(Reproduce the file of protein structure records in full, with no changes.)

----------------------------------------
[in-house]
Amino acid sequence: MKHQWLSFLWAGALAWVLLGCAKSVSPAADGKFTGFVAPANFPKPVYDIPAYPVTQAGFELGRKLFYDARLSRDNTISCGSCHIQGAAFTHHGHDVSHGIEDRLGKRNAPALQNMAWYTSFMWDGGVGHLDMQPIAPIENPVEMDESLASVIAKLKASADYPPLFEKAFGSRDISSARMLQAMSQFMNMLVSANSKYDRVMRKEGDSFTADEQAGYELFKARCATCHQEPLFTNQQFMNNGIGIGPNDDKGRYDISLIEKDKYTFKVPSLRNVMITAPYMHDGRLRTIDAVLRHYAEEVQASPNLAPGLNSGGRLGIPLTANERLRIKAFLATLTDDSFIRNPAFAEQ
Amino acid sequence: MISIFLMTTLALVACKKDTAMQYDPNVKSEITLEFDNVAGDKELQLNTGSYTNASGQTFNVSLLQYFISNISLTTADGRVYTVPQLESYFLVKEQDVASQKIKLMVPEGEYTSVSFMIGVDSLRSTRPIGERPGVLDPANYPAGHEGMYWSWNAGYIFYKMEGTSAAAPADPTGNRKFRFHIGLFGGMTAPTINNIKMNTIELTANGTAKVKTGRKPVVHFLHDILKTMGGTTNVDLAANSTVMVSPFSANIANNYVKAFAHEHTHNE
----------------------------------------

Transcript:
[in-house]
Amino acid sequence: MKHQWLSFLWAGALAWVLLGCAKSVSPAADGKFTGFVAPANFPKPVYDIPAYPVTQAGFELGRKLFYDARLSRDNTISCGSCHIQGAAFTHHGHDVSHGIEDRLGKRNAPALQNMAWYTSFMWDGGVGHLDMQPIAPIENPVEMDESLASVIAKLKASADYPPLFEKAFGSRDISSARMLQAMSQFMNMLVSANSKYDRVMRKEGDSFTADEQAGYELFKARCATCHQEPLFTNQQFMNNGIGIGPNDDKGRYDISLIEKDKYTFKVPSLRNVMITAPYMHDGRLRTIDAVLRHYAEEVQASPNLAPGLNSGGRLGIPLTANERLRIKAFLATLTDDSFIRNPAFAEQ
Amino acid sequence: MISIFLMTTLALVACKKDTAMQYDPNVKSEITLEFDNVAGDKELQLNTGSYTNASGQTFNVSLLQYFISNISLTTADGRVYTVPQLESYFLVKEQDVASQKIKLMVPEGEYTSVSFMIGVDSLRSTRPIGERPGVLDPANYPAGHEGMYWSWNAGYIFYKMEGTSAAAPADPTGNRKFRFHIGLFGGMTAPTINNIKMNTIELTANGTAKVKTGRKPVVHFLHDILKTMGGTTNVDLAANSTVMVSPFSANIANNYVKAFAHEHTHNE